The Slovak Spectator

Exploring Slovakia’s caverns and caves (Spectacular Slovakia - travel guide)

Belianksa Cave in High Tatras (Source: Michal Rengevič)

Slovakia is rich in caves, with more than 6,200 that have already been explored.

This article was prepared for an edition of the Spectacular Slovakia travel guide and was published in the travel guide Slovakia.

A helping hand in the heart of Europe offers for you Slovakia travel guide. A helping hand in the heart of Europe offers for you Slovakia travel guide.

Going into a cave in Slovakia does not always mean passively admiring the various ​​shapes of stalactites, stalagmites, and stalagnates. Some cave staff offer a helmet and a headlamp and turn the visit into a real underground adventure.

Slovakia is rich in caves, with more than 6,200 that have already been explored. Twelve Thirteen of these have been opened to the public by the Slovak Cave Administration (SSJ). A total of six are inscribed on the UNESCO World Natural Heritage List (Domica, Gombasecká, Jasovská, Krásnohorská, Dobšinská Ice and Ochtinská Aragonite).

Ice caves and more in Slovakia

Every cave administered by SSJ is unique.

The nature of the glaciations in the Dobšinská Ice Cave (eastern Slovakia) makes it one of the most important caves in the world (it was also among the first caves lit electrically) and the rich aragonite formations in the Ochtinská Aragonite Cave (eastern Slovakia) that resemble white flowers are some of the finest in Europe.

The most visited and possibly the most beautiful cave is Demänovská Cave of Liberty (northern Slovakia), with its majestic domes, hundreds of stairs and a roaring stream inside.

“I’ve been in a cave before, but it wasn’t as fabulous as this one,” said Francesca Orr, a tourist from Manchester, England.

The Demänovská Cave system is 35 kilometres long and also includes the Demänovská Ice Cave, located three kilometres from the Cave of Liberty.

More typical examples of extensive halls decorated with white sinter and huge stalagmites can be found at the Belianska Cave in the High Tatras and the Harmanecká Cave in central Slovakia.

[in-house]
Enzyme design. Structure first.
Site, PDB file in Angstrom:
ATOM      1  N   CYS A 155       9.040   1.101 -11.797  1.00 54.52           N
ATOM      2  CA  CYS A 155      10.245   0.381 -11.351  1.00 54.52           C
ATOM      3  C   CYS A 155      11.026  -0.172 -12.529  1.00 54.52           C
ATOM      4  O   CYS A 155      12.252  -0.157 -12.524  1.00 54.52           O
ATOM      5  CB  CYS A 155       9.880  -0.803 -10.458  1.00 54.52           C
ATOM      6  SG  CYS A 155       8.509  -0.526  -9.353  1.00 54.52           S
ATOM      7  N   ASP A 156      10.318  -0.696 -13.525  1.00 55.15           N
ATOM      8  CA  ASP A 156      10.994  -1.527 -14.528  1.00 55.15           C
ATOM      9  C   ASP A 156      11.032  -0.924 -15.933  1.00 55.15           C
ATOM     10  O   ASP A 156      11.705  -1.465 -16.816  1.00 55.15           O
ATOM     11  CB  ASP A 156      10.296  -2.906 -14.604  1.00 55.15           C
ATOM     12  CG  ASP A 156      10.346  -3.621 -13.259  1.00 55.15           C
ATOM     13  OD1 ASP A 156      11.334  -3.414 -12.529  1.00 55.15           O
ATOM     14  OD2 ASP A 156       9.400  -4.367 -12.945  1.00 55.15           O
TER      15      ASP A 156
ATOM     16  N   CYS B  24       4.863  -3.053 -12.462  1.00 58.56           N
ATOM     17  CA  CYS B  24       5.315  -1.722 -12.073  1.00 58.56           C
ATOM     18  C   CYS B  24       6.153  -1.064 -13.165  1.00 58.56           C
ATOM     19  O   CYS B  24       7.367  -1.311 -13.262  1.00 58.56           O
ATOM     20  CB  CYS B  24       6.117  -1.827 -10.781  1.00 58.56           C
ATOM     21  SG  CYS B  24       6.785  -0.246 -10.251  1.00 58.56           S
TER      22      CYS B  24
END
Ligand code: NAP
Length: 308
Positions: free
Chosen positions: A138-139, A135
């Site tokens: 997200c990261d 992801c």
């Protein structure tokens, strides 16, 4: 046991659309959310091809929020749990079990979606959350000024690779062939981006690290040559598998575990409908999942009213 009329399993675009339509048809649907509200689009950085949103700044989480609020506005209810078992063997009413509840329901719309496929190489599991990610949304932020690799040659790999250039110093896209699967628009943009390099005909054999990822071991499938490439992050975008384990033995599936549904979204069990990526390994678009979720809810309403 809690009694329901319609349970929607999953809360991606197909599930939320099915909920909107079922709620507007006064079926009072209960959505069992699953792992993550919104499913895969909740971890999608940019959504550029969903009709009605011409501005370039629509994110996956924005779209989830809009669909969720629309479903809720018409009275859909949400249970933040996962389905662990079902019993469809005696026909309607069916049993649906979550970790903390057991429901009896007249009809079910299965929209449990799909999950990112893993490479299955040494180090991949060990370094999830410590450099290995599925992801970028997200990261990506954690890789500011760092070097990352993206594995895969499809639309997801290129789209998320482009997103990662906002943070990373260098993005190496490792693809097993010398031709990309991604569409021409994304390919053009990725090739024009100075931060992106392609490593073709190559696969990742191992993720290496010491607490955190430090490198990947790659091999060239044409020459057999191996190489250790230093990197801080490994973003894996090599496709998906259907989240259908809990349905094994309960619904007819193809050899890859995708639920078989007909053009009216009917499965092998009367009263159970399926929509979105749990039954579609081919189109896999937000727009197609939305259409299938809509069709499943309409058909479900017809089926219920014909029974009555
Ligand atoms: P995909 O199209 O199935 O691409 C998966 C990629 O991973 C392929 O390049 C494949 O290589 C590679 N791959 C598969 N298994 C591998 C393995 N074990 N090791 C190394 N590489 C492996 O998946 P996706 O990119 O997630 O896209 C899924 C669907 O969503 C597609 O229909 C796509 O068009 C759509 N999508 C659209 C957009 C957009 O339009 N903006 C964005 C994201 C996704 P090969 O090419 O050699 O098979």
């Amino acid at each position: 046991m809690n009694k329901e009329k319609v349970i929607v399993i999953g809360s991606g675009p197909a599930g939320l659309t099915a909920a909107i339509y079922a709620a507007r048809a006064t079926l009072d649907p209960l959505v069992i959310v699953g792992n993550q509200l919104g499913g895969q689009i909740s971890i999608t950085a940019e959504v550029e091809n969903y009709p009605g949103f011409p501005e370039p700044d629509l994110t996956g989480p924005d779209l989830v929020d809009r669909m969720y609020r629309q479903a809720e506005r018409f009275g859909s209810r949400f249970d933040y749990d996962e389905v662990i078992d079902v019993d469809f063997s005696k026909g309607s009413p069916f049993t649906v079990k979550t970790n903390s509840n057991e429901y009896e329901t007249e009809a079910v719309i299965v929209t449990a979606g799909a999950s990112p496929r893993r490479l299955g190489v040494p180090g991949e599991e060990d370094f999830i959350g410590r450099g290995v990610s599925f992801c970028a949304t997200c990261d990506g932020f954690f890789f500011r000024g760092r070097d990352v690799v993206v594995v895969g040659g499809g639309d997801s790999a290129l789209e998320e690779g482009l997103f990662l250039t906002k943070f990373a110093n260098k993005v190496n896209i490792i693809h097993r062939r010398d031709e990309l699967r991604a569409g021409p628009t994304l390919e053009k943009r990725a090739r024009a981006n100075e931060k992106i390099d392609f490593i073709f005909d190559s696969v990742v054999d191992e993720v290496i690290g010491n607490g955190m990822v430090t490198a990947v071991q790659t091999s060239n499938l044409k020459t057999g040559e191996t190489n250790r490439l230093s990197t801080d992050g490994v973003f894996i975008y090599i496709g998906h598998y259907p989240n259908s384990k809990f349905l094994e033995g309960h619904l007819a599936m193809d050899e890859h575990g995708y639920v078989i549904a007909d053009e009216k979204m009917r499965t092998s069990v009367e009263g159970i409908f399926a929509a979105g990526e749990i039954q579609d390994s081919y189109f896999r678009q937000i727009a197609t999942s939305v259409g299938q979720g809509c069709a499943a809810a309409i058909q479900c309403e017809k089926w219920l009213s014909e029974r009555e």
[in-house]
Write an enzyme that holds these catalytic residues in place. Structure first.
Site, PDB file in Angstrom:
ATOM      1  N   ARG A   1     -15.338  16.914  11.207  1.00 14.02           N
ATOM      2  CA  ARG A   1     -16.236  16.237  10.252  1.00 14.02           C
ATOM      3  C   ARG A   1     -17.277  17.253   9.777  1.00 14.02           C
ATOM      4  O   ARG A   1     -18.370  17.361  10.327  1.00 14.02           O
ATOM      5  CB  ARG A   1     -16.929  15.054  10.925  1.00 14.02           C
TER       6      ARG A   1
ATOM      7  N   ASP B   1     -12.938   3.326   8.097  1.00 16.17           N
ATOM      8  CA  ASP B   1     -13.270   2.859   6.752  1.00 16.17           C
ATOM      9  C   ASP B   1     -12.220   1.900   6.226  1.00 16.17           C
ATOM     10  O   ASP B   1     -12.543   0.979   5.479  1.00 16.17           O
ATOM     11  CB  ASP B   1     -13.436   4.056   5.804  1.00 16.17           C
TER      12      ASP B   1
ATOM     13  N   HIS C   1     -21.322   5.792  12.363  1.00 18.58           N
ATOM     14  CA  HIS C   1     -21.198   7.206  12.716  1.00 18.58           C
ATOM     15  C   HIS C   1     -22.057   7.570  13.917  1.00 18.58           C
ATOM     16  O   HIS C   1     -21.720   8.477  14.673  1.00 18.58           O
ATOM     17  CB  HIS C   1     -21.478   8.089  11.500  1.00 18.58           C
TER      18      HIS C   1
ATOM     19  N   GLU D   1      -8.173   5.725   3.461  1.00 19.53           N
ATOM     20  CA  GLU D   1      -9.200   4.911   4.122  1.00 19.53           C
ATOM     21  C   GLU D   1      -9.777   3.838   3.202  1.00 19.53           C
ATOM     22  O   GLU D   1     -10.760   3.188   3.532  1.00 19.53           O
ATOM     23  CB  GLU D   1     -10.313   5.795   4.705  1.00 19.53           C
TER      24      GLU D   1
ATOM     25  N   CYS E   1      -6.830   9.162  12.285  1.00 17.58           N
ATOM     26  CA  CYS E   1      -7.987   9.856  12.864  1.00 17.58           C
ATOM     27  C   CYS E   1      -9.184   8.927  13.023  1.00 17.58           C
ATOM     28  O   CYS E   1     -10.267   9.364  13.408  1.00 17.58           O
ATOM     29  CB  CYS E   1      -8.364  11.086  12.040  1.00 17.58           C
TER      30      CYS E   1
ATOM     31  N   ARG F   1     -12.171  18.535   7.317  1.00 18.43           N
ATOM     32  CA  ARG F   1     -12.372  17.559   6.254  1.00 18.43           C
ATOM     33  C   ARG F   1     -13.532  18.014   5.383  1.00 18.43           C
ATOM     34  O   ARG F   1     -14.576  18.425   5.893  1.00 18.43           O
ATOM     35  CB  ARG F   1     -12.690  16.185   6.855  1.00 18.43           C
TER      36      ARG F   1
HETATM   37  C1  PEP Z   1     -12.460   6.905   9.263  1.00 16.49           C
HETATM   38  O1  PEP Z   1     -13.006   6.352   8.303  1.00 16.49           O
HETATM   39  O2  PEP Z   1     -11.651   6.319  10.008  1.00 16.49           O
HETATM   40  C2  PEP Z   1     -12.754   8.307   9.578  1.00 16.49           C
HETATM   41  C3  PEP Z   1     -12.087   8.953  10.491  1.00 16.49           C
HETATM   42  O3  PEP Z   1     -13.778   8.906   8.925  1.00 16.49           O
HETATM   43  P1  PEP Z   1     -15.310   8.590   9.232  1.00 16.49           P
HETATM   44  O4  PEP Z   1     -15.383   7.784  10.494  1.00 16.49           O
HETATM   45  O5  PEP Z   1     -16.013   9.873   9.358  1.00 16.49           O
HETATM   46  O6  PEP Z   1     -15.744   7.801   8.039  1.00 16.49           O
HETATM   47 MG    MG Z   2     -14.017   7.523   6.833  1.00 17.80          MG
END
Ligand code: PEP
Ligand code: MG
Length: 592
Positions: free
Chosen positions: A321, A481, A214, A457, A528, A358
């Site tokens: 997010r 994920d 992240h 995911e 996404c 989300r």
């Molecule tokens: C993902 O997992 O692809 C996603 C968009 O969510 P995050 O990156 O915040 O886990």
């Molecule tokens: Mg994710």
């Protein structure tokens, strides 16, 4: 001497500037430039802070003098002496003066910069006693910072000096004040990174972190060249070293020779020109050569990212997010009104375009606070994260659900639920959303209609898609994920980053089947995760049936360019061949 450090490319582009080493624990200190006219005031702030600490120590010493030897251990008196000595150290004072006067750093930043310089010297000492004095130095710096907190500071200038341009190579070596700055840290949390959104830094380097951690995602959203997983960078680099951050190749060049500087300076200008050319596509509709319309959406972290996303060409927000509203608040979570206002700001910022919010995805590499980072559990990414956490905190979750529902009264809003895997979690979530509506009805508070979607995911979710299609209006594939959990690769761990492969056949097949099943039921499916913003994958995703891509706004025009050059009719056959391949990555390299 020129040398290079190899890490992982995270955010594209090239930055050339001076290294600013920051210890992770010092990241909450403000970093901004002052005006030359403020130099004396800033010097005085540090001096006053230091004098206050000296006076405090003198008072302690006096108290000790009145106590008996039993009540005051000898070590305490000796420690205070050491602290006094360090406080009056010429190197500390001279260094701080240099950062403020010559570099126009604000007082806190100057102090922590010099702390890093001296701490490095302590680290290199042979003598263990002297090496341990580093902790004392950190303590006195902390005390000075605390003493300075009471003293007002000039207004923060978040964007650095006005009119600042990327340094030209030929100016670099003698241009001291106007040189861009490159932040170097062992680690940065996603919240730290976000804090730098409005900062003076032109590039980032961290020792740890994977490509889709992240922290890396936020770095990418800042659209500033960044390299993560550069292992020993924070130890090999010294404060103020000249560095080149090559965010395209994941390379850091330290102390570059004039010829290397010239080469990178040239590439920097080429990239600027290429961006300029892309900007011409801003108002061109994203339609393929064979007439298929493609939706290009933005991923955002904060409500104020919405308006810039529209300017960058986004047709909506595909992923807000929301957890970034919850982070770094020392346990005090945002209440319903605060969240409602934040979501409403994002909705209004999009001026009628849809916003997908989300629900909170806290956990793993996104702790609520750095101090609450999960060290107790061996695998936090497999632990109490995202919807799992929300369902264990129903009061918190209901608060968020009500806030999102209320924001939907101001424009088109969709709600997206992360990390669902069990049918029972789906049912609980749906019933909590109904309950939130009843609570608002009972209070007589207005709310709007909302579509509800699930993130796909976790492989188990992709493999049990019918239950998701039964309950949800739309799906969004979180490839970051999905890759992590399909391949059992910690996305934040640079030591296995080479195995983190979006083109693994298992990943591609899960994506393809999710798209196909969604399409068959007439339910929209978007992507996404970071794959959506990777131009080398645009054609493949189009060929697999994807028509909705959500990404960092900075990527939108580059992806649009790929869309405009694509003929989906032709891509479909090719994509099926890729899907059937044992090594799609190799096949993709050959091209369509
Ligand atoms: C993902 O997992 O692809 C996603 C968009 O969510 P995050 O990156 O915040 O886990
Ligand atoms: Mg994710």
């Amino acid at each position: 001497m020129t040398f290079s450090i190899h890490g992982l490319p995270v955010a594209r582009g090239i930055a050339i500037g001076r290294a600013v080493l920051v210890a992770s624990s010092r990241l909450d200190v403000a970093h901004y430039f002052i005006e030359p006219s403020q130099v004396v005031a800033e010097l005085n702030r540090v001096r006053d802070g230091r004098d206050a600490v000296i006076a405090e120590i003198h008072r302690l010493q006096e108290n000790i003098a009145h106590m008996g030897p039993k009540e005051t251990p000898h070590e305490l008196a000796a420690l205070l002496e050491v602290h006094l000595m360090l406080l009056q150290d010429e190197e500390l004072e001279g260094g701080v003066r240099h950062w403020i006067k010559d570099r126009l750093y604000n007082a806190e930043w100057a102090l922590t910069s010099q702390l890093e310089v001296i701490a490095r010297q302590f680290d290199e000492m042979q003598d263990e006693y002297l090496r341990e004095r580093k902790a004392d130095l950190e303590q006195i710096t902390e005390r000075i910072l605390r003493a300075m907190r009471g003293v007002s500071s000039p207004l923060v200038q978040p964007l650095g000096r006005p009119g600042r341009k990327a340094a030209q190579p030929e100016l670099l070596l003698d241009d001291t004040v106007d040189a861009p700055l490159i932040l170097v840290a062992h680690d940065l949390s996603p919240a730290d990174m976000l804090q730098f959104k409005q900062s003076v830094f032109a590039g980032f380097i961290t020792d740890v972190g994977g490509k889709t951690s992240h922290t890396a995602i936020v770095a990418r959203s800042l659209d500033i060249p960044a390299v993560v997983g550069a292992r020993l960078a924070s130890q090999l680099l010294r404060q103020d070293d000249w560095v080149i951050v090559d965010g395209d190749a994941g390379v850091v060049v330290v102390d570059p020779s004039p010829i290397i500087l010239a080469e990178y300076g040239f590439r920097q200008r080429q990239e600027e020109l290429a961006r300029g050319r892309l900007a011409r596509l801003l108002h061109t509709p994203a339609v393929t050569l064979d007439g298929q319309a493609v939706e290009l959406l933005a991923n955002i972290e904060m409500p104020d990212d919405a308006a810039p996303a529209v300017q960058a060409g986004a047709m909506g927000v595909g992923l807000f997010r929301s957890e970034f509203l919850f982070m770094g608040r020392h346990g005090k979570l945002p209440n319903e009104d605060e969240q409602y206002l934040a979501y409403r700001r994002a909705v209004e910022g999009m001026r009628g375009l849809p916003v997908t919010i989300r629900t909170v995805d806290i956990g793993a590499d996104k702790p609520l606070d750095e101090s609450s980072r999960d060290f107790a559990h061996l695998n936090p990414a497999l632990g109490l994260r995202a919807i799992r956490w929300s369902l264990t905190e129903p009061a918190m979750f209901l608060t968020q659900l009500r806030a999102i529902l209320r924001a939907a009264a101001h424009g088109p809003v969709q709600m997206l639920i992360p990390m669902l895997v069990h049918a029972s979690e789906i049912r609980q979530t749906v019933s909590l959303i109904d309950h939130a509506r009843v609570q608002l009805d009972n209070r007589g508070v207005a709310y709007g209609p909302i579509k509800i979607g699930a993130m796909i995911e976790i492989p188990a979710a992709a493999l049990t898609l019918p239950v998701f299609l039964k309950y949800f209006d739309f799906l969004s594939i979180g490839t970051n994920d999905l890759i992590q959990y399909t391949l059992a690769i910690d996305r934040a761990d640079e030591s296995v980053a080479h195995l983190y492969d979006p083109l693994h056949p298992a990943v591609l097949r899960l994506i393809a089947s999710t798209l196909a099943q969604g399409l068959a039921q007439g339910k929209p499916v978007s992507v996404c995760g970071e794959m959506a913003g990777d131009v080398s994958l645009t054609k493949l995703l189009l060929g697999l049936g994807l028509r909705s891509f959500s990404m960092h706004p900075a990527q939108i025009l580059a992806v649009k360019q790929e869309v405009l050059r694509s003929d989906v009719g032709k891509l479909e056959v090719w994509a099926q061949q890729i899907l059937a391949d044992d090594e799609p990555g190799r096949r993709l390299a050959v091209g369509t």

Finding a path below the Tatras

The stories of the caves begin with those who discovered them.

“I was like a victim,” Jarmila Jirmerová said of her first experience inside the Bystrianska Cave that she helped discover. She followed a classmate there when she was around 20 and would go on to spend nearly half of her life underground. “We worked for three years to connect the old and the new part of the cave. We worked at night in wet clothes. We had to dry up during the day.”

The Bystrianska Cave, situated in the southern part of the Low Tatras, is one of the smaller accessible caves in Slovakia.

“A girlfriend will not cheat you as much as a cave,” she said. “It seduces you. You are sure there will be a great hall behind that rock – and you’ll find nothing.”

After a few years of exploration Jirmerová found today’s entrance hall to the cave and decided that the public should be able to see it too. The first visitors came to the cave on July 21, 1968 and she recalled the exhausting task of leading 3,000 people through it in a single day.

Walking through the cave today takes 45 minutes, and the tour extends 580 metres into the cave. It is also the only cave complex in Slovakia that is accessible to wheelchair users. Besides the beautiful stalagmites, stalactites and a 20-metre deep abyss, the cave is also renowned for its healing air.

Spelunking in Slovakia

In addition to those run by SSJ, there are several privately managed caves in Slovakia ​​that offer visitors a more authentic speleologist’s experience. For example, the Dead Bats’ Cave (central Slovakia), Stanišovská Cave (northern Slovakia), Zlá Diera (Bad Hole – eastern Slovakia) and Krásnohorská Cave (eastern Slovakia) are a world away from the fully-illuminated, well-paved caves operated by SSJ. Instead, visitors must climb or rappel down underground, offering an experience that feels like you are actually exploring the cave.

“The first thing we found here were thousands of small bats’ bones, like nowhere else,” said Milan Štéc, a caretaker of the Dead Bats’ Cave, when explaining its name. This huge mountain cave is situated 13 kilometres from Bystrianska and only one kilometre from Ďumbier, the highest peak of the Low Tatras.